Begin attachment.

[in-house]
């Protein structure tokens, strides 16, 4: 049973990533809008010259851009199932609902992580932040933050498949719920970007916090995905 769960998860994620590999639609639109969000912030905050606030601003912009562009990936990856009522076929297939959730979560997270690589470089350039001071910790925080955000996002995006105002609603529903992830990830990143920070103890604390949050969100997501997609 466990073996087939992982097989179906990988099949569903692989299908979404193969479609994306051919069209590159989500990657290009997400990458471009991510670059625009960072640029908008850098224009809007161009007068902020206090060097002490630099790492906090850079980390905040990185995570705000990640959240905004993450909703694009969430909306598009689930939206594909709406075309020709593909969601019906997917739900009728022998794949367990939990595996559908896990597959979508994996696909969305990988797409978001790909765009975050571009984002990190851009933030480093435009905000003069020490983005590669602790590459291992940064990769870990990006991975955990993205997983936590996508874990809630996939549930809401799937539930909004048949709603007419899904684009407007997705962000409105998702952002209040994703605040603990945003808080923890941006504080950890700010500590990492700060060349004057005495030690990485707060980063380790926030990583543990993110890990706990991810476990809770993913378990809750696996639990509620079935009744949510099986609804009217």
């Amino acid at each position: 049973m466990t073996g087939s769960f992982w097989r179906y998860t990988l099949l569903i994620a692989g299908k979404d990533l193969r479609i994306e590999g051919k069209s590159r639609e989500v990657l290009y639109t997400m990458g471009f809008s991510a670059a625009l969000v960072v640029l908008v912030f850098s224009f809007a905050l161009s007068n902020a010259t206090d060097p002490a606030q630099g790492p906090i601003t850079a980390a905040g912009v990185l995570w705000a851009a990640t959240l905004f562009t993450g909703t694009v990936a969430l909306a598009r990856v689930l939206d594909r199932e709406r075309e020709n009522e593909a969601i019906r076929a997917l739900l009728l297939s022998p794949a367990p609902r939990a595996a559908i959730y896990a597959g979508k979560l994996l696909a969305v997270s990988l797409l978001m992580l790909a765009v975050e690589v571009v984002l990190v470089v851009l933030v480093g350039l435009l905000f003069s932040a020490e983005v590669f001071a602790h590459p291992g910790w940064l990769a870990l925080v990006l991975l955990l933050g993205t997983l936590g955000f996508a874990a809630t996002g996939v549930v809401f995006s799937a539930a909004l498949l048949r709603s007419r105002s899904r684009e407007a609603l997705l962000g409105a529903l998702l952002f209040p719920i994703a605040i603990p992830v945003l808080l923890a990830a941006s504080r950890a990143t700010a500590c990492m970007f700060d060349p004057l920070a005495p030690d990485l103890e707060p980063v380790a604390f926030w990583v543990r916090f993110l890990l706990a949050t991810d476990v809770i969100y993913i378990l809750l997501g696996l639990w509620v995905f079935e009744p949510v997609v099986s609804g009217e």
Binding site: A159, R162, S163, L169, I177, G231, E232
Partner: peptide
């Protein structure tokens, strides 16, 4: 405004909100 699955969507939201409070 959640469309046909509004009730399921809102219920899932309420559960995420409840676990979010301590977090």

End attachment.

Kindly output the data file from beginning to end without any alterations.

[in-house]
């Protein structure tokens, strides 16, 4: 049973990533809008010259851009199932609902992580932040933050498949719920970007916090995905 769960998860994620590999639609639109969000912030905050606030601003912009562009990936990856009522076929297939959730979560997270690589470089350039001071910790925080955000996002995006105002609603529903992830990830990143920070103890604390949050969100997501997609 466990073996087939992982097989179906990988099949569903692989299908979404193969479609994306051919069209590159989500990657290009997400990458471009991510670059625009960072640029908008850098224009809007161009007068902020206090060097002490630099790492906090850079980390905040990185995570705000990640959240905004993450909703694009969430909306598009689930939206594909709406075309020709593909969601019906997917739900009728022998794949367990939990595996559908896990597959979508994996696909969305990988797409978001790909765009975050571009984002990190851009933030480093435009905000003069020490983005590669602790590459291992940064990769870990990006991975955990993205997983936590996508874990809630996939549930809401799937539930909004048949709603007419899904684009407007997705962000409105998702952002209040994703605040603990945003808080923890941006504080950890700010500590990492700060060349004057005495030690990485707060980063380790926030990583543990993110890990706990991810476990809770993913378990809750696996639990509620079935009744949510099986609804009217």
């Amino acid at each position: 049973m466990t073996g087939s769960f992982w097989r179906y998860t990988l099949l569903i994620a692989g299908k979404d990533l193969r479609i994306e590999g051919k069209s590159r639609e989500v990657l290009y639109t997400m990458g471009f809008s991510a670059a625009l969000v960072v640029l908008v912030f850098s224009f809007a905050l161009s007068n902020a010259t206090d060097p002490a606030q630099g790492p906090i601003t850079a980390a905040g912009v990185l995570w705000a851009a990640t959240l905004f562009t993450g909703t694009v990936a969430l909306a598009r990856v689930l939206d594909r199932e709406r075309e020709n009522e593909a969601i019906r076929a997917l739900l009728l297939s022998p794949a367990p609902r939990a595996a559908i959730y896990a597959g979508k979560l994996l696909a969305v997270s990988l797409l978001m992580l790909a765009v975050e690589v571009v984002l990190v470089v851009l933030v480093g350039l435009l905000f003069s932040a020490e983005v590669f001071a602790h590459p291992g910790w940064l990769a870990l925080v990006l991975l955990l933050g993205t997983l936590g955000f996508a874990a809630t996002g996939v549930v809401f995006s799937a539930a909004l498949l048949r709603s007419r105002s899904r684009e407007a609603l997705l962000g409105a529903l998702l952002f209040p719920i994703a605040i603990p992830v945003l808080l923890a990830a941006s504080r950890a990143t700010a500590c990492m970007f700060d060349p004057l920070a005495p030690d990485l103890e707060p980063v380790a604390f926030w990583v543990r916090f993110l890990l706990a949050t991810d476990v809770i969100y993913i378990l809750l997501g696996l639990w509620v995905f079935e009744p949510v997609v099986s609804g009217e």
Binding site: A159, R162, S163, L169, I177, G231, E232
Partner: peptide
């Protein structure tokens, strides 16, 4: 405004909100 699955969507939201409070 959640469309046909509004009730399921809102219920899932309420559960995420409840676990979010301590977090």